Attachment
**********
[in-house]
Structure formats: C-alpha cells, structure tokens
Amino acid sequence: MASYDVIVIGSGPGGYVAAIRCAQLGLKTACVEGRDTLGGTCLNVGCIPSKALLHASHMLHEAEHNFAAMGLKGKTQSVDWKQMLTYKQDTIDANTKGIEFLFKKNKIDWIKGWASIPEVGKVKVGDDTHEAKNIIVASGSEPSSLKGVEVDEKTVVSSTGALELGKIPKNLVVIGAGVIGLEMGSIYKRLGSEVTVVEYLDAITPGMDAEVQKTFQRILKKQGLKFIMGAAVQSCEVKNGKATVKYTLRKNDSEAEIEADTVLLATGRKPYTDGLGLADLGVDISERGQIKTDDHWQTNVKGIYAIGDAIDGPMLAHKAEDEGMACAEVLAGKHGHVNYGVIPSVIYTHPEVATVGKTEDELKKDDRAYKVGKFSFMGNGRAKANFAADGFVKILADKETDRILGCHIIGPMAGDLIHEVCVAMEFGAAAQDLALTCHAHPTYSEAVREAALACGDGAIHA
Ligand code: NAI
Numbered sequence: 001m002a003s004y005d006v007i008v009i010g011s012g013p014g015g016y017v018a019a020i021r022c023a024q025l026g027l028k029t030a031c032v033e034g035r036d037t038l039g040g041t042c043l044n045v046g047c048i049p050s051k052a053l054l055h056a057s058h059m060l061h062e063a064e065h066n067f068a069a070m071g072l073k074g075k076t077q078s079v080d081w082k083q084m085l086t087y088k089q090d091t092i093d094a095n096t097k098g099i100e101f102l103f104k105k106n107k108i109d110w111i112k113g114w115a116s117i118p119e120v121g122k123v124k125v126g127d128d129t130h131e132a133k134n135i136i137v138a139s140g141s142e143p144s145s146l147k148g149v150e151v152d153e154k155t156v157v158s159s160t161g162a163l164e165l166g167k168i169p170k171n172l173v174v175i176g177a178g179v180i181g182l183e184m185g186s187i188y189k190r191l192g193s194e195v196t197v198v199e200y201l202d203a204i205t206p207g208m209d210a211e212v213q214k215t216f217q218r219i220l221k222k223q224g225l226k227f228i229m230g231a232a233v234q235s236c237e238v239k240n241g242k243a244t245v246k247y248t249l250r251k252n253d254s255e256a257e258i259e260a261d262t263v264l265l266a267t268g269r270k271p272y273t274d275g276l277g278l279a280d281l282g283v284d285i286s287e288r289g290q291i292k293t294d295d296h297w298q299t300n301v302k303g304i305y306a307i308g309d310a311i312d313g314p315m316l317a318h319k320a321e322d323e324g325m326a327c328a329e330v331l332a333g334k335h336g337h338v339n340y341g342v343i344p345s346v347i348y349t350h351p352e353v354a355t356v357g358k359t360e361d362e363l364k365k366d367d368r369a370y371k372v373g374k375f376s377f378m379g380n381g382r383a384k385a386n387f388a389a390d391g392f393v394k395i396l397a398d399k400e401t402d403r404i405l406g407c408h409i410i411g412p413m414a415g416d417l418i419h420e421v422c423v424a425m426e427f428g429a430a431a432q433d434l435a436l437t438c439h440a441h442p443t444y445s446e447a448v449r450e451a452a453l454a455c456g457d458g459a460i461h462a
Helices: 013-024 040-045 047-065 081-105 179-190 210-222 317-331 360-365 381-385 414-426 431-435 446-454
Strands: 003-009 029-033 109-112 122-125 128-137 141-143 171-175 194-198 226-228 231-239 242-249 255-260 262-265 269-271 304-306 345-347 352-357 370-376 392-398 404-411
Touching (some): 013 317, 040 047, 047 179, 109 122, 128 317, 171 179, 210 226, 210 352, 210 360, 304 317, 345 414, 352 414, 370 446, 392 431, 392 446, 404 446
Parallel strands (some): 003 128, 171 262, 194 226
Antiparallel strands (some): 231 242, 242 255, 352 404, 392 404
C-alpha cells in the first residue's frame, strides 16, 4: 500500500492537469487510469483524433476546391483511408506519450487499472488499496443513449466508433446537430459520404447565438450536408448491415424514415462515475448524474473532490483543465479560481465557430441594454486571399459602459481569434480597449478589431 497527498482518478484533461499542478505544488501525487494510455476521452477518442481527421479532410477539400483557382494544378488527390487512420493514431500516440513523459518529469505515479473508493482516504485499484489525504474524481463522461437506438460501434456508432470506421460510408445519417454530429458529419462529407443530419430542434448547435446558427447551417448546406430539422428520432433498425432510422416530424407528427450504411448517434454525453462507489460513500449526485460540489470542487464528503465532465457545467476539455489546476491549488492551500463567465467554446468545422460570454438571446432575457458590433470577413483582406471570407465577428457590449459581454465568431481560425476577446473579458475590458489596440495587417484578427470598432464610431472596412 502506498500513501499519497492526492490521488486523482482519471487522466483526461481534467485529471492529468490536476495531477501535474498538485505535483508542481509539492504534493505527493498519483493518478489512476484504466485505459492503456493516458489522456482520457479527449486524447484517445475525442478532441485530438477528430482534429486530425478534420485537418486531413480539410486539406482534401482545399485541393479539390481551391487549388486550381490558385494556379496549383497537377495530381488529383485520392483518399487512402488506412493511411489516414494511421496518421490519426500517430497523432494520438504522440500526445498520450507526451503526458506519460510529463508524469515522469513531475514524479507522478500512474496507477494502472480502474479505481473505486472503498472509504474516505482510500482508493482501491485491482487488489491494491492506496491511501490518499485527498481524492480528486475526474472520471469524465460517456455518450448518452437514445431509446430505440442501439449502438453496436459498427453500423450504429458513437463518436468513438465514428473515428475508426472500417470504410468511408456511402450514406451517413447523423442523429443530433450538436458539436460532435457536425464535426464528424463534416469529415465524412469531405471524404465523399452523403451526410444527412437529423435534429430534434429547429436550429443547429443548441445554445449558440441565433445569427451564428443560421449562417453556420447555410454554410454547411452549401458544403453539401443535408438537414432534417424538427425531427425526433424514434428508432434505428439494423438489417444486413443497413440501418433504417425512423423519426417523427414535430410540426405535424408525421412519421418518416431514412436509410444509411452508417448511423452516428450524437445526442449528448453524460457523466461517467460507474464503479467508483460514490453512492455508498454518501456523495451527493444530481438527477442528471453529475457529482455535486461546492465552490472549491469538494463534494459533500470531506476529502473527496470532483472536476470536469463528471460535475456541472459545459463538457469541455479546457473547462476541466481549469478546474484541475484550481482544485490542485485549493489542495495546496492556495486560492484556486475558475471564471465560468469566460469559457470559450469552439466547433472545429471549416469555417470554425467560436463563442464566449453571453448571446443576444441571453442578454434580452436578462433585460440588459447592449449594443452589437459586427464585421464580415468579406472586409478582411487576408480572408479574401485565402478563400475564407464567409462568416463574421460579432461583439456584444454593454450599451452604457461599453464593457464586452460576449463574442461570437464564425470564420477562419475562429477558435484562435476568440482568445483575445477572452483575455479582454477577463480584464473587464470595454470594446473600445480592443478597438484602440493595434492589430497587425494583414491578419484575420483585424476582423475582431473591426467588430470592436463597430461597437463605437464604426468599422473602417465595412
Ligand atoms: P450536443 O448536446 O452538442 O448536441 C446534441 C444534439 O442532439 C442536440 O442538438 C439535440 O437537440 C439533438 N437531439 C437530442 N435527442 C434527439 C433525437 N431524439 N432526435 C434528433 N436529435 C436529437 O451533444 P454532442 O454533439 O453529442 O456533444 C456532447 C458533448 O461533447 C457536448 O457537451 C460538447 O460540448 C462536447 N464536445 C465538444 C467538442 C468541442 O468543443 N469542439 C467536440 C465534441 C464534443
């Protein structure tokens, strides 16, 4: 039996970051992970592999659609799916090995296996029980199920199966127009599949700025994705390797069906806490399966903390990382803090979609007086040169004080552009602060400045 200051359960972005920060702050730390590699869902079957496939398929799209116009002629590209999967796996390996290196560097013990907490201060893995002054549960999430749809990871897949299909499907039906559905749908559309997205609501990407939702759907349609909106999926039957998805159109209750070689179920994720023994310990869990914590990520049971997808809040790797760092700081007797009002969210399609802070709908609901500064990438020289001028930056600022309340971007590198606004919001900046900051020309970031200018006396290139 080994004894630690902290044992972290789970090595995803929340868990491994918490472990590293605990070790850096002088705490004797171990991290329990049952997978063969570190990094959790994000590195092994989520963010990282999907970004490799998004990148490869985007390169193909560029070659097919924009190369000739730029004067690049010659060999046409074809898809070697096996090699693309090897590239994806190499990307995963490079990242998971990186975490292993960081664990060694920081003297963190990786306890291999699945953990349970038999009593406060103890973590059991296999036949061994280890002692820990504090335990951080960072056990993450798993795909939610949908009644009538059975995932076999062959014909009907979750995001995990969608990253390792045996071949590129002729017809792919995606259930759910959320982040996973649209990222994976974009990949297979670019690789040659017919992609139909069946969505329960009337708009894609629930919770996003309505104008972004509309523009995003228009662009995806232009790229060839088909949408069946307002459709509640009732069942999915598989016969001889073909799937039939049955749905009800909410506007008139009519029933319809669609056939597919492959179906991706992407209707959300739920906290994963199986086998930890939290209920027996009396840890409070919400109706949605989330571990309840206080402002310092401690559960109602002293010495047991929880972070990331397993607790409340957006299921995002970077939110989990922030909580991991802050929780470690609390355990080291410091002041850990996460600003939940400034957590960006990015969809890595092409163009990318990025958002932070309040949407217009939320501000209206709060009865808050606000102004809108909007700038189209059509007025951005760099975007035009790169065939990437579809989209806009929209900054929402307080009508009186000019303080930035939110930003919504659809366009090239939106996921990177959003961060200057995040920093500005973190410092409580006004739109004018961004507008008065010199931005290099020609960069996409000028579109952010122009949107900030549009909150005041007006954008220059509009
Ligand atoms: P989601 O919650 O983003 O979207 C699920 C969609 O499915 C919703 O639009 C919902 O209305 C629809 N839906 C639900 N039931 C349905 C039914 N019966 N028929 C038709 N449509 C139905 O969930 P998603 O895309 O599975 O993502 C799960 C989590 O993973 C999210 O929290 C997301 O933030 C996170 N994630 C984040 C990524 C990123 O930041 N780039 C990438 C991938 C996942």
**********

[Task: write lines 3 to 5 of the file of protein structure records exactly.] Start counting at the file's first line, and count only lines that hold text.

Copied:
Amino acid sequence: MASYDVIVIGSGPGGYVAAIRCAQLGLKTACVEGRDTLGGTCLNVGCIPSKALLHASHMLHEAEHNFAAMGLKGKTQSVDWKQMLTYKQDTIDANTKGIEFLFKKNKIDWIKGWASIPEVGKVKVGDDTHEAKNIIVASGSEPSSLKGVEVDEKTVVSSTGALELGKIPKNLVVIGAGVIGLEMGSIYKRLGSEVTVVEYLDAITPGMDAEVQKTFQRILKKQGLKFIMGAAVQSCEVKNGKATVKYTLRKNDSEAEIEADTVLLATGRKPYTDGLGLADLGVDISERGQIKTDDHWQTNVKGIYAIGDAIDGPMLAHKAEDEGMACAEVLAGKHGHVNYGVIPSVIYTHPEVATVGKTEDELKKDDRAYKVGKFSFMGNGRAKANFAADGFVKILADKETDRILGCHIIGPMAGDLIHEVCVAMEFGAAAQDLALTCHAHPTYSEAVREAALACGDGAIHA
Ligand code: NAI
Numbered sequence: 001m002a003s004y005d006v007i008v009i010g011s012g013p014g015g016y017v018a019a020i021r022c023a024q025l026g027l028k029t030a031c032v033e034g035r036d037t038l039g040g041t042c043l044n045v046g047c048i049p050s051k052a053l054l055h056a057s058h059m060l061h062e063a064e065h066n067f068a069a070m071g072l073k074g075k076t077q078s079v080d081w082k083q084m085l086t087y088k089q090d091t092i093d094a095n096t097k098g099i100e101f102l103f104k105k106n107k108i109d110w111i112k113g114w115a116s117i118p119e120v121g122k123v124k125v126g127d128d129t130h131e132a133k134n135i136i137v138a139s140g141s142e143p144s145s146l147k148g149v150e151v152d153e154k155t156v157v158s159s160t161g162a163l164e165l166g167k168i169p170k171n172l173v174v175i176g177a178g179v180i181g182l183e184m185g186s187i188y189k190r191l192g193s194e195v196t197v198v199e200y201l202d203a204i205t206p207g208m209d210a211e212v213q214k215t216f217q218r219i220l221k222k223q224g225l226k227f228i229m230g231a232a233v234q235s236c237e238v239k240n241g242k243a244t245v246k247y248t249l250r251k252n253d254s255e256a257e258i259e260a261d262t263v264l265l266a267t268g269r270k271p272y273t274d275g276l277g278l279a280d281l282g283v284d285i286s287e288r289g290q291i292k293t294d295d296h297w298q299t300n301v302k303g304i305y306a307i308g309d310a311i312d313g314p315m316l317a318h319k320a321e322d323e324g325m326a327c328a329e330v331l332a333g334k335h336g337h338v339n340y341g342v343i344p345s346v347i348y349t350h351p352e353v354a355t356v357g358k359t360e361d362e363l364k365k366d367d368r369a370y371k372v373g374k375f376s377f378m379g380n381g382r383a384k385a386n387f388a389a390d391g392f393v394k395i396l397a398d399k400e401t402d403r404i405l406g407c408h409i410i411g412p413m414a415g416d417l418i419h420e421v422c423v424a425m426e427f428g429a430a431a432q433d434l435a436l437t438c439h440a441h442p443t444y445s446e447a448v449r450e451a452a453l454a455c456g457d458g459a460i461h462a